Frequently Asked Questions



To attend the course you will need to apply for a visa from your country’s Cuban embassy. Everybody needs a visa to visit Cuba.
It is suggested that you apply for a tourist visa. These visas are for 30 days.

If you are a UK citizen, you can apply for your visa directly from the:
Cuban Embassy in London

If you are a US citizen you need to apply for a visa from the US Department of State in order to obtain clearance to visit Cuba. You need to stress that your visit is for educational reasons.
US Department of State - Passports & Intentional Travel information
Those who wish to stay in Cuba longer can (for a small fee) apply for a 30 day extension at immigration in Havana. We will talk you through it.
You must get your own travel/medical insurance. You will need to show proof of this to the Cuban authorities upon entering the country. You will also need to provide details to the school.

Make sure the policy covers Cuba. We recommend purchasing an insurance plan that covers at least £10,000,000 in repatriation expenses. Please read up on some relevant guidance before purchasing insurance. Here you can see advice for British nationals on insurance when traveling abroad issued by the UK government.
Advice on foreign travel insurance

You may also want to take out separate insurance for your laptops / camera equipment if these are not protected by your travel insurance.
Yes! At the school you will be staying at the film school’s teachers apartments. You will normally have to share 2 to a room and 4 to an apartment (same sex). When in town, you will be staying in the heart of Havana, close to the Plaza Vieja at a well reviewed B&B or ‘casa particular’ as they are known in Cuba, with similar sharing arrangements.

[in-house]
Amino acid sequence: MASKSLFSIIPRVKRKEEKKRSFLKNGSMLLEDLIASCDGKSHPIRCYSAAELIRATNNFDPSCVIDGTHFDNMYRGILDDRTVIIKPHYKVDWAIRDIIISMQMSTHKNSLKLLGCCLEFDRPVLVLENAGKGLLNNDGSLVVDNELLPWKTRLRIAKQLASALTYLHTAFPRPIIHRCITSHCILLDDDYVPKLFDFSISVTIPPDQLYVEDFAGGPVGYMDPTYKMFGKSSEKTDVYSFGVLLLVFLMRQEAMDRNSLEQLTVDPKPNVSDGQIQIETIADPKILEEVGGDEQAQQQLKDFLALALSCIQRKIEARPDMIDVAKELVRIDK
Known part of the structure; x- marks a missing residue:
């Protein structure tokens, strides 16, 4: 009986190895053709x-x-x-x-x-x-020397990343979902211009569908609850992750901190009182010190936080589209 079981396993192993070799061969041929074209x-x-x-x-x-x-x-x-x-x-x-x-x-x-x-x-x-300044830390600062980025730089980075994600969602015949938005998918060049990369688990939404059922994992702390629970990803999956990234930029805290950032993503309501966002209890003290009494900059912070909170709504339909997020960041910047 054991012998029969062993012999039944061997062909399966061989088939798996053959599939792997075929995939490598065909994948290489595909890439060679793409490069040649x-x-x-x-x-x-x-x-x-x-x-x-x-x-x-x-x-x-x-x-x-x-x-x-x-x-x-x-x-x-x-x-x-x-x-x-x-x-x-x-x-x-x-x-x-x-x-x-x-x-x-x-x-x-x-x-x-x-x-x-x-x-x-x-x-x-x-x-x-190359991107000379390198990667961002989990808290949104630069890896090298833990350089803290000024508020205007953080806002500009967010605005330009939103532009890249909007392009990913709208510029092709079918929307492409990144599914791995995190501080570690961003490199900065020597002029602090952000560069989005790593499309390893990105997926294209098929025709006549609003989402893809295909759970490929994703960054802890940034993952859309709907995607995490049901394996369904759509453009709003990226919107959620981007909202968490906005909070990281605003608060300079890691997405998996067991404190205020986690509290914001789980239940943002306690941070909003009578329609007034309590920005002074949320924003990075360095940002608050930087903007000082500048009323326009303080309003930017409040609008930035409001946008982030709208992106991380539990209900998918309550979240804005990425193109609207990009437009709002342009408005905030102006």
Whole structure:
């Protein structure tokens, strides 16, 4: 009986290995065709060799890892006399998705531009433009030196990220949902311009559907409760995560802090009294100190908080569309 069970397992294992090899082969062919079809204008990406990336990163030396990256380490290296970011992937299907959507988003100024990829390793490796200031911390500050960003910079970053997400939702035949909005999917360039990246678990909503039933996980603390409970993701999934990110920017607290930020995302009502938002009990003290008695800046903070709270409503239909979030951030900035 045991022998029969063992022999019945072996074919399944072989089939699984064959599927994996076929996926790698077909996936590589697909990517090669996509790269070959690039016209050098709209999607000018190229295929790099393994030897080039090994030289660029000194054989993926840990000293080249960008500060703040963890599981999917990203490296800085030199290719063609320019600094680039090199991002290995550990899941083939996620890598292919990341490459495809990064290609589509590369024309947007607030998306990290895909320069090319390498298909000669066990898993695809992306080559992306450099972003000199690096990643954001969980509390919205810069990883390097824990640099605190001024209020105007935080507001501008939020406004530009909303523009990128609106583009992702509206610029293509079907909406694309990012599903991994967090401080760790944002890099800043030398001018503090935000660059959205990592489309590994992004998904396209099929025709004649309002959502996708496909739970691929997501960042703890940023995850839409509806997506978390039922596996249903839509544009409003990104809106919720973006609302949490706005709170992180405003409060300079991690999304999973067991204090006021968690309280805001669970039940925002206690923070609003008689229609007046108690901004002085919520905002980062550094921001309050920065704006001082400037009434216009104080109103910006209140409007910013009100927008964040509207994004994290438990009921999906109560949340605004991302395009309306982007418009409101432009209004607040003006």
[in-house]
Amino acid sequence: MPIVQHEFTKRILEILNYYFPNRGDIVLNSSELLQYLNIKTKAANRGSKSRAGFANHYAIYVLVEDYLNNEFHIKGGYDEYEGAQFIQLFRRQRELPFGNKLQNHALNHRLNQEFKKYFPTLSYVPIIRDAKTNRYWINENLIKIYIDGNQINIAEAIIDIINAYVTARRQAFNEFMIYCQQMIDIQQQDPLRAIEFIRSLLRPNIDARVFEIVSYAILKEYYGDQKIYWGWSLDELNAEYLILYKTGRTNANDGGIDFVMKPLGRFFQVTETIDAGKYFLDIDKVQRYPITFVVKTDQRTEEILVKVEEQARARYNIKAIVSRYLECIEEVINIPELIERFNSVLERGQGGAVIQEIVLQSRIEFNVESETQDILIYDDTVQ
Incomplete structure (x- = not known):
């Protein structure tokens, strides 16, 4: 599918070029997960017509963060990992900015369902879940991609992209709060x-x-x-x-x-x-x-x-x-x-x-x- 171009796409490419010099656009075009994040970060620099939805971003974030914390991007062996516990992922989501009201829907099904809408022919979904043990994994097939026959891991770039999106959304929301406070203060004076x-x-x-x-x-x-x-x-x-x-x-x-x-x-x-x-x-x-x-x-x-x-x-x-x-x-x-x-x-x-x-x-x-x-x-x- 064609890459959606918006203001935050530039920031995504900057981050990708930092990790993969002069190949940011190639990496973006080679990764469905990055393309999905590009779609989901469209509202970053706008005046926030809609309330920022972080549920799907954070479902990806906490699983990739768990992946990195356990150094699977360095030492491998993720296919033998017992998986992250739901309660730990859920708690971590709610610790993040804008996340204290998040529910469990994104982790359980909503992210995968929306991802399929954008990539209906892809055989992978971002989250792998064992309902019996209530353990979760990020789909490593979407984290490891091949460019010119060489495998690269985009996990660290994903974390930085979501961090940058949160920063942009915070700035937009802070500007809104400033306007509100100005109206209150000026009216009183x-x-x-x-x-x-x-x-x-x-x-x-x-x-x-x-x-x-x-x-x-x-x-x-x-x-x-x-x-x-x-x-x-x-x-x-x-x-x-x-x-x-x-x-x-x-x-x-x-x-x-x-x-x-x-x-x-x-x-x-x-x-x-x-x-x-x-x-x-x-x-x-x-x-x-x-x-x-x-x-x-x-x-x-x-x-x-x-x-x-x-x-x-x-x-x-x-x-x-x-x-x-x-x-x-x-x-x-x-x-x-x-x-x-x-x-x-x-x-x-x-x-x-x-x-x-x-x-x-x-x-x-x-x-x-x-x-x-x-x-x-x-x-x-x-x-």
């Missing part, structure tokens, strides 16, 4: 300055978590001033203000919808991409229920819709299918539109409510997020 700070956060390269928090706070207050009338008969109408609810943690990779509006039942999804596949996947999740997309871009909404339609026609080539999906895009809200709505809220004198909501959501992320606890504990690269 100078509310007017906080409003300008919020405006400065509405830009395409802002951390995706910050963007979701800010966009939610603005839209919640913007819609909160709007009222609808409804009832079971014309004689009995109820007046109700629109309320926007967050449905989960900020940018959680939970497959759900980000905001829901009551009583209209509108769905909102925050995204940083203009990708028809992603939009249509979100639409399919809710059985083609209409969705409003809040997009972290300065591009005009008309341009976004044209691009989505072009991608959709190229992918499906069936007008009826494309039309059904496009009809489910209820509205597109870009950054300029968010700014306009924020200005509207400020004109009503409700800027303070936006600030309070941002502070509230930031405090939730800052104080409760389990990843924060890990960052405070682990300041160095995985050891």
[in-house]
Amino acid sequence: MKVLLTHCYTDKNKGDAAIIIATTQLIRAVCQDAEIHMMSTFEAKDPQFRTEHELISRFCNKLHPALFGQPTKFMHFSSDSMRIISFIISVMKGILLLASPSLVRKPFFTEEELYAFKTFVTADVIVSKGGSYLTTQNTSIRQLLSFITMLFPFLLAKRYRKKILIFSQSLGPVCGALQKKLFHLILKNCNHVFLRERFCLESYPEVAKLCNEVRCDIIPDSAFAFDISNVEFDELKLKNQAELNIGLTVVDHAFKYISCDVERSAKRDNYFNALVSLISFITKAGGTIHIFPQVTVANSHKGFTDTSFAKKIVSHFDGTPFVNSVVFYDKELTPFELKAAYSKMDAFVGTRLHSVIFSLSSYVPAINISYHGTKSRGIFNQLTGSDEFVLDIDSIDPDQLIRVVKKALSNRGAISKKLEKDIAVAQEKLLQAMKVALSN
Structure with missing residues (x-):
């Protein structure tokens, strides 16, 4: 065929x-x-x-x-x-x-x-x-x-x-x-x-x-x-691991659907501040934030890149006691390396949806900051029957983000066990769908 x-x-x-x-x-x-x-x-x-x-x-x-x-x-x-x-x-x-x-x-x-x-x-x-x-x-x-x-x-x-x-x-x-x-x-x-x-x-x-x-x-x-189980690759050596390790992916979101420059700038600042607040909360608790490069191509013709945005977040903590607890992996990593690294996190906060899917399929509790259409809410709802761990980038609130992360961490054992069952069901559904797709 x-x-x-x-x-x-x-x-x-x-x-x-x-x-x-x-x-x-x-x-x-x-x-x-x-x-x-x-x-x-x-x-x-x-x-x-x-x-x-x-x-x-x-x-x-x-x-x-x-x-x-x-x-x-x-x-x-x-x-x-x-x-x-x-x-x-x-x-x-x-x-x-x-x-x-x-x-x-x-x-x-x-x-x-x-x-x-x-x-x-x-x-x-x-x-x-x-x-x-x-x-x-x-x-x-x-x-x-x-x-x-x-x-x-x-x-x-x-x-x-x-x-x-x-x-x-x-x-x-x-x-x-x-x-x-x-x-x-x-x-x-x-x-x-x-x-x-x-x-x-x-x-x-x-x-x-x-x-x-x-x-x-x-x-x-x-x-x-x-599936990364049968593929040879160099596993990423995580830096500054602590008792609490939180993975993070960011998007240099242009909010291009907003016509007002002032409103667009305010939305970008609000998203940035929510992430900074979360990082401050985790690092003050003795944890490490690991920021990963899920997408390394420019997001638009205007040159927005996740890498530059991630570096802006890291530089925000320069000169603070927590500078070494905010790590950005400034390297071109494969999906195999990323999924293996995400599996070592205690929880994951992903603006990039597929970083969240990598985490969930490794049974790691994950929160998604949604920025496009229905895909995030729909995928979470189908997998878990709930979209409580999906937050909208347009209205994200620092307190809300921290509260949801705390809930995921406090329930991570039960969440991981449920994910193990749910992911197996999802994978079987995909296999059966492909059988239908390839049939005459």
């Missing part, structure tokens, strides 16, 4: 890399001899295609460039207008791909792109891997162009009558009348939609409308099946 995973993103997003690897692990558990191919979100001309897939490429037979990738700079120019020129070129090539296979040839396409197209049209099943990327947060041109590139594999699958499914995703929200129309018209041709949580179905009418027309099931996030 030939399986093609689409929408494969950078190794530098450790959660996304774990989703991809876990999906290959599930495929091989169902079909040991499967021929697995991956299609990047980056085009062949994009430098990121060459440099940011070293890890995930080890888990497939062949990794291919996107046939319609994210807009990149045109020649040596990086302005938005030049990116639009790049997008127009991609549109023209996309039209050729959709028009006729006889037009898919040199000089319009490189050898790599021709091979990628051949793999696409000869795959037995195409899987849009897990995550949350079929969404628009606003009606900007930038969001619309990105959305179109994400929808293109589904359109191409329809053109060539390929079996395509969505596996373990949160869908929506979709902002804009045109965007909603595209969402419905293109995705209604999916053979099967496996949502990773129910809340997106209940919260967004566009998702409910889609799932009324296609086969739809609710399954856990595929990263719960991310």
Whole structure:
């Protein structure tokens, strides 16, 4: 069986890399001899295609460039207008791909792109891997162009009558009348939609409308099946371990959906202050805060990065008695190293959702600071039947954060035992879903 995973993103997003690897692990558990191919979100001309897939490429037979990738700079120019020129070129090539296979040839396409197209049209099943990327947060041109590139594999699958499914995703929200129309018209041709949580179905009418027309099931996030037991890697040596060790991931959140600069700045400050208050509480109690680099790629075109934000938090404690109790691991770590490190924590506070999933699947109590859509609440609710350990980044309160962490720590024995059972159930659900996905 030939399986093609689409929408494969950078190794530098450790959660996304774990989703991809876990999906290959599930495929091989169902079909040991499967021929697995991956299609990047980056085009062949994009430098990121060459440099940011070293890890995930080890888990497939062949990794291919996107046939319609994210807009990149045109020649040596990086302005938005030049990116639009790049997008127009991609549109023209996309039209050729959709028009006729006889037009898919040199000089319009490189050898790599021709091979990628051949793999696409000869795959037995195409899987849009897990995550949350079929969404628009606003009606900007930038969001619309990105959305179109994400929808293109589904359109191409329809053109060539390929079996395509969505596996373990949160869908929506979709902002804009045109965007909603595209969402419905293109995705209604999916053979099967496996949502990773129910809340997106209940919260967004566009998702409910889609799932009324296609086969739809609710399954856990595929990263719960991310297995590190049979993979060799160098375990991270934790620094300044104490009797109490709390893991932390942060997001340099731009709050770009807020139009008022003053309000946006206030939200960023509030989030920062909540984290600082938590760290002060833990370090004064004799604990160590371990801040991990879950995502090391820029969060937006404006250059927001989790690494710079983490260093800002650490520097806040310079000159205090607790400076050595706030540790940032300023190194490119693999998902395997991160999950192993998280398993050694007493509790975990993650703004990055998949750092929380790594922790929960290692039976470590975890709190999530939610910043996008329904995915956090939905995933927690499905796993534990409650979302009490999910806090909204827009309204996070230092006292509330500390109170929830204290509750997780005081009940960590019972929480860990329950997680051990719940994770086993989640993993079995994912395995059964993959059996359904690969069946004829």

Yes! It will not be a fine dining experience, but you will be provided with three healthy meals a day.
Scholarships are not available from the EICTV for the course. When available, scholarships are normally provided by the attendee’s home institution or university or by the attendee’s national government. Often there are pots of money available from private organisations for this type of course so you may want to do some research.
It is strongly advised to bring some form of video recording equipment with you.

When making your final piece you will be grouped with a few other students on the course. You will all be assigned the role of ‘Director’ and will need to work as a team in this role. Each team will then be assigned a professional camera crew, all of whom work in the Cuban film and TV industry. During filming with the crew (average 3 days) and during the editing process you are unlikely to need any equipment as the crew will be taking care of this.

However during the first few weeks you will be asked to work on film exercises and you may like to have access to your own camera and editing equipment. Students in the past have brought a range of different types of filming equipment – from semi-professional camcorders to smart phones. For editing, people have brought what they know best – the chief editor at the school likes to use Premiere, so if you have this programme great, but if not bring your laptop with iMovie or a similar free programme. There are also some interesting phone apps for editing movies on smart phones you may like to investigate if you don’t have any editing software. In the past students who don’t have their own equipment have teamed up with others who do, which has made for a mutually beneficial learning process in helping each other film and edit their own work.
Yes. At the end of the course you will be presented with a Diploma in Directing Documentary from the EICTV.
  • Send an email to the course leader at

  • Arrange a telephone or Skype call

  • Come along to one of our information sessions: 6.30 pm Thursday 19 January 2017 & 6.30pm Thursday 20 April 2017 at University College London, Euston. Please RSVP with above email address.



Find out more

Have a look through our pages to find out more about this year's Summer Documentary School...